NHB participants had EOD scores that were 2 times higher than the average scores reported by both Non-Hispanic White and Hispanic/Latino/a/x individuals (Table 1). Further, men-identifying participants’ average EOD scores were 1.52 times higher than women-identifying participants. Participants at the VA NY Harbor site reported more instances of RD than those at MMG clinics. We did not observe significant associations between RD and age (Table S2). Additionally, we did not observe differences in gender, racial/ethnic groups, employment, education (Table 1), or age (Table S3) between WD groups.

Aim 1: characterize association between RD, WD, and pain

Findings from the linear regression analysis showed that more frequent experiences with RD were associated with more pain interference, (rs = .27, p < .001) and higher pain intensity scores (rs = .16, p = .001). Similarly, patients who experienced WD reported more pain interference, (M = 57.18, SD = 9.98 vs. M = 51.75, SD = 10.11), Z = -4.43, p < .001, and higher pain intensity scores, (M = 5.29, SD = 2.78 vs. M = 4.03, SD = 3.17), Z = -3.41, p = .001, compared with those who did not report WD (Table S3). After adjusting for BMI, age, and enrollment site, only RD predicted greater pain interference (Table 2), and higher pain intensity (Table 3). Contrary to our hypothesis, there was no significant interaction effect between RD and WD on pain interference or pain intensity (Tables 2 & 3).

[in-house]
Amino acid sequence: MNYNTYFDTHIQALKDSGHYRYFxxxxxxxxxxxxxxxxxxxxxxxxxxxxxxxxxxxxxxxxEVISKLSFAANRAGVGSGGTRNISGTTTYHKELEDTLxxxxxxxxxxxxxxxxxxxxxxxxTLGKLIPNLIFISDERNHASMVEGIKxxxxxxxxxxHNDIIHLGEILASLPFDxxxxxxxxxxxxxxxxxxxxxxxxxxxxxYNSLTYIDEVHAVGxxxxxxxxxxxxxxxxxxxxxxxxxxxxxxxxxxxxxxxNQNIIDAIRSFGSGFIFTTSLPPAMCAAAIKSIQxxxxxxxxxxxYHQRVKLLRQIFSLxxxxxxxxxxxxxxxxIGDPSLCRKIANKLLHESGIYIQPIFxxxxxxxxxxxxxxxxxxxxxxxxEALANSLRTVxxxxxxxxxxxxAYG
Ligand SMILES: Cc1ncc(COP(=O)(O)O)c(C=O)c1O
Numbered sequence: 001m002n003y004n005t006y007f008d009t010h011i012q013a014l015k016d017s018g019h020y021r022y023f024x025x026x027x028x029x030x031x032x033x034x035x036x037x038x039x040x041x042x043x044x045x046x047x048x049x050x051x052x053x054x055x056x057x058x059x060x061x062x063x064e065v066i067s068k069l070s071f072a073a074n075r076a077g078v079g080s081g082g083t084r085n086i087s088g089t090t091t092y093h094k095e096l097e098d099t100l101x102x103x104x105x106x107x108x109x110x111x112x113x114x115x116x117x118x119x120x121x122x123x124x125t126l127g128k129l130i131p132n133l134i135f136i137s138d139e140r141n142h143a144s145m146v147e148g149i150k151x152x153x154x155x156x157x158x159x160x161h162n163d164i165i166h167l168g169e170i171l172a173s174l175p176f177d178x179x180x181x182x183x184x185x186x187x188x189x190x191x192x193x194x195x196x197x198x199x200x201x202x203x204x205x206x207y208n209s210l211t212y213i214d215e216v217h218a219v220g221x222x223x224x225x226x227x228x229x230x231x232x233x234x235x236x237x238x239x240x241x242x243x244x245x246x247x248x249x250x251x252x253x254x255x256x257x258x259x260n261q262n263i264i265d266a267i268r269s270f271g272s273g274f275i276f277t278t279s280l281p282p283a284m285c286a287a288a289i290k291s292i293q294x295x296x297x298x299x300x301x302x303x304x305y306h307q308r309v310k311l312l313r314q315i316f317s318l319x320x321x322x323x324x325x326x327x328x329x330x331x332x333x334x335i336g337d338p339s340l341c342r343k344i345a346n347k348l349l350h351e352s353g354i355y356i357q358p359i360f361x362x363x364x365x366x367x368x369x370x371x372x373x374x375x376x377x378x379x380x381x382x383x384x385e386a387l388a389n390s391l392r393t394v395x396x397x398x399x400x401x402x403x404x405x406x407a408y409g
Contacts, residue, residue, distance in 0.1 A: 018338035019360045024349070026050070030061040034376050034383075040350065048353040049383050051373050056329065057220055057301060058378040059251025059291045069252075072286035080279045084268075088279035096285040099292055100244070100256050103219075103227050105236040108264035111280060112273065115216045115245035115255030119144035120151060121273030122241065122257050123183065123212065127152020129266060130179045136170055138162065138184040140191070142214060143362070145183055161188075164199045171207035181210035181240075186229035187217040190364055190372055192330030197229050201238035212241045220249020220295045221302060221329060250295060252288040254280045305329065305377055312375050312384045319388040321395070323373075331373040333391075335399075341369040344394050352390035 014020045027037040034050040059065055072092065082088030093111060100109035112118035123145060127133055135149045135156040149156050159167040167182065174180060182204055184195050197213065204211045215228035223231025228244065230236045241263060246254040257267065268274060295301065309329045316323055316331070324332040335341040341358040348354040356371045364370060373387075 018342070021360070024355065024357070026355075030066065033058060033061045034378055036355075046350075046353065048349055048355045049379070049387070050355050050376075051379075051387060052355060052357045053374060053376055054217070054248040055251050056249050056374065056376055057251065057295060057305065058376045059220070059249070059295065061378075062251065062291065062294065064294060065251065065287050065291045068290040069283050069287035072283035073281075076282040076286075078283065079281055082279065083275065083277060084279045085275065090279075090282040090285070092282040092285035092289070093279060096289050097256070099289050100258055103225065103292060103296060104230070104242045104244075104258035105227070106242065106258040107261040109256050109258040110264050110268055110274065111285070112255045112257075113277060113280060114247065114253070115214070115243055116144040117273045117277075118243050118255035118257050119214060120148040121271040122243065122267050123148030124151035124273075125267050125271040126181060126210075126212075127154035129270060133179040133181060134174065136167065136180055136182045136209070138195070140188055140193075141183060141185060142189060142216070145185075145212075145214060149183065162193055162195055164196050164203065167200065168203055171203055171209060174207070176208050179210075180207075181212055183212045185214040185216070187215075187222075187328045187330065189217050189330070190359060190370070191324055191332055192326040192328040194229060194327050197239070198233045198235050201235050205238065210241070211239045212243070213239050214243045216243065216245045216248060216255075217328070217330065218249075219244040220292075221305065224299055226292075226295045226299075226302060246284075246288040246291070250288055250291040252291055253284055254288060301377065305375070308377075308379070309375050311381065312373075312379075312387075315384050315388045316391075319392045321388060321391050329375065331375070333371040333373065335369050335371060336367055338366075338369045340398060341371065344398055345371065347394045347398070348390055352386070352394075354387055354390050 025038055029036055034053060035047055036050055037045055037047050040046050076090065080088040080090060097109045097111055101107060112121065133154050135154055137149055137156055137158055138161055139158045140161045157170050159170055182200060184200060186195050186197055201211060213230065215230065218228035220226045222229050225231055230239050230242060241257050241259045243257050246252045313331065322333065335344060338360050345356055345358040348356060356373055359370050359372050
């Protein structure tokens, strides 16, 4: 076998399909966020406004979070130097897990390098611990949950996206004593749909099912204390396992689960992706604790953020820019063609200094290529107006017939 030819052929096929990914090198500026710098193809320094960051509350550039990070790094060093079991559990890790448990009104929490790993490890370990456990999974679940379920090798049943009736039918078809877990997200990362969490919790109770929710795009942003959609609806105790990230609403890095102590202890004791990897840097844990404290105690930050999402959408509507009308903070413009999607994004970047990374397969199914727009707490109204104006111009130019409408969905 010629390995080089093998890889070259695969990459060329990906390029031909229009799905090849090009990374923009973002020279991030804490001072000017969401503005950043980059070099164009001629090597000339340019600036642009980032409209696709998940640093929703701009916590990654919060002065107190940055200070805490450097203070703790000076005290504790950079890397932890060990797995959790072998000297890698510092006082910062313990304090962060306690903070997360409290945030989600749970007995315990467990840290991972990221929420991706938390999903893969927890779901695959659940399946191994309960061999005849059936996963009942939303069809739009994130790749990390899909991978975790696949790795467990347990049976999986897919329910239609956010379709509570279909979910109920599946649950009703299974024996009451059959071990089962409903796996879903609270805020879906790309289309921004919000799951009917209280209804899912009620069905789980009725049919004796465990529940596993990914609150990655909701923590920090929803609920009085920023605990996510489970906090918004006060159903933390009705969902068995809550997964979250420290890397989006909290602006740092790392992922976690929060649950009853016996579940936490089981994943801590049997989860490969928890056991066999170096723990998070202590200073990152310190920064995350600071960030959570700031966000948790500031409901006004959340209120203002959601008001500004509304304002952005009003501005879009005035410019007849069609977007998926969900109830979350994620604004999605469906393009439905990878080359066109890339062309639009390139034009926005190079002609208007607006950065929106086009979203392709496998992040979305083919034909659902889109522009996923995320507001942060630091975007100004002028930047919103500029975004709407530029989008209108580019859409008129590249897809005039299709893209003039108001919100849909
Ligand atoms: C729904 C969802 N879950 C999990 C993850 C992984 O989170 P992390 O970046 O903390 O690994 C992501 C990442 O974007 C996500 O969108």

Table 2 Pain Interference
Table 3 Pain Intensity

Aim 2: explore gender as a moderator of the association between RD, WD, and pain interference and intensity